Now if Obama was transgendered, then you are going to have a problem.

Which just goes to help solidy my point.

Okay, so what you meant by your hypothetical is what would happen if we swapped Obama's gender AND political affiliation. As a Democrat, however, changing his gender (to female) would be a massive boon to votes. The Bible belt wouldn't have voted for him regardless simply because he is a Democrat! In the same way that the Northeast and West Coast wouldn't vote for a republican. clearly, the northeast and west coast are biased because....reasons.

http://en.wikipedia.org/wiki/United_States_presidential_election,_2008
http://en.wikipedia.org/wiki/United_States_presidential_election,_2004
http://en.wikipedia.org/wiki/United_States_presidential_election,_2000

Of course, if Obama was a white male Republican, he would also lose because he is not very right wing...or right wing enough. In fact, white Republican Obama would have never made it to the presidential race.

Let us not forget that it was the REPUBLICANS who had the last female running mate. Democrats haven't had a female running mate since...1984, so both sides have had exactly 1 female.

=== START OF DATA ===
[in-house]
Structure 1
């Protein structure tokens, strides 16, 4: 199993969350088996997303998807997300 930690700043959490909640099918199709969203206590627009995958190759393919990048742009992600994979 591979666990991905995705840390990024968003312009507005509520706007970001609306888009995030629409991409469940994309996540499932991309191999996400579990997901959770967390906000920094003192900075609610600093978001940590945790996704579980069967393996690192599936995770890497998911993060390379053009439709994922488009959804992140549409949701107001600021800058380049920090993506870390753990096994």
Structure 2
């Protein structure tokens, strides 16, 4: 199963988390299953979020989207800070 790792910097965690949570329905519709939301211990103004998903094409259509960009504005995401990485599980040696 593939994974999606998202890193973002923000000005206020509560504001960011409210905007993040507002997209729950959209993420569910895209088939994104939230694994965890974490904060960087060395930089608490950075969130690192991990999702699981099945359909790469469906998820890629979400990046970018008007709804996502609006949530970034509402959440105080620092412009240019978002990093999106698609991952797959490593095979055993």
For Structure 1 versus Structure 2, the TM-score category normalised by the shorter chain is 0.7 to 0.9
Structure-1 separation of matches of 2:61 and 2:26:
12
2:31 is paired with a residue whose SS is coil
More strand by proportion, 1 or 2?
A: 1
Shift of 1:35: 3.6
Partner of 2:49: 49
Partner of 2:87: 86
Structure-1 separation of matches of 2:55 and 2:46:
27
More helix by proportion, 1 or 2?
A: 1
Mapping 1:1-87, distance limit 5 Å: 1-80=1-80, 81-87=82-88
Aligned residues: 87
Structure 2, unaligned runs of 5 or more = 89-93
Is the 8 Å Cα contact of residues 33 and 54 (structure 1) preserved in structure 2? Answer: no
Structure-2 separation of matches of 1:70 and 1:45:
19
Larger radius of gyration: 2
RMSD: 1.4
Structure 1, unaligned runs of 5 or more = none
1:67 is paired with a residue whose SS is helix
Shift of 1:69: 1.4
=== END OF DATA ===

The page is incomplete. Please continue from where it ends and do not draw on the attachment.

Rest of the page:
Granted, Palin certainly put women in politics back a few years....

P.S. Obama got more votes from the Bible belt more so than any other Democrat since CLINTON. More so than Al Gore and John Kerry, both of which were white males!

[1] The Bible states in many places that women are to be subservient to the will of men. Ephesians is the most well-known;

22 Wives, submit yourselves unto your own husbands, as unto the Lord.

23 For the husband is the head of the wife, even as Christ is the head of the church: and he is the saviour of the body.

24 Therefore as the church is subject unto Christ, so let the wives be to their own husbands in every thing.

The King James version, not that there's any meaningful difference between versions.

MarsAtlas: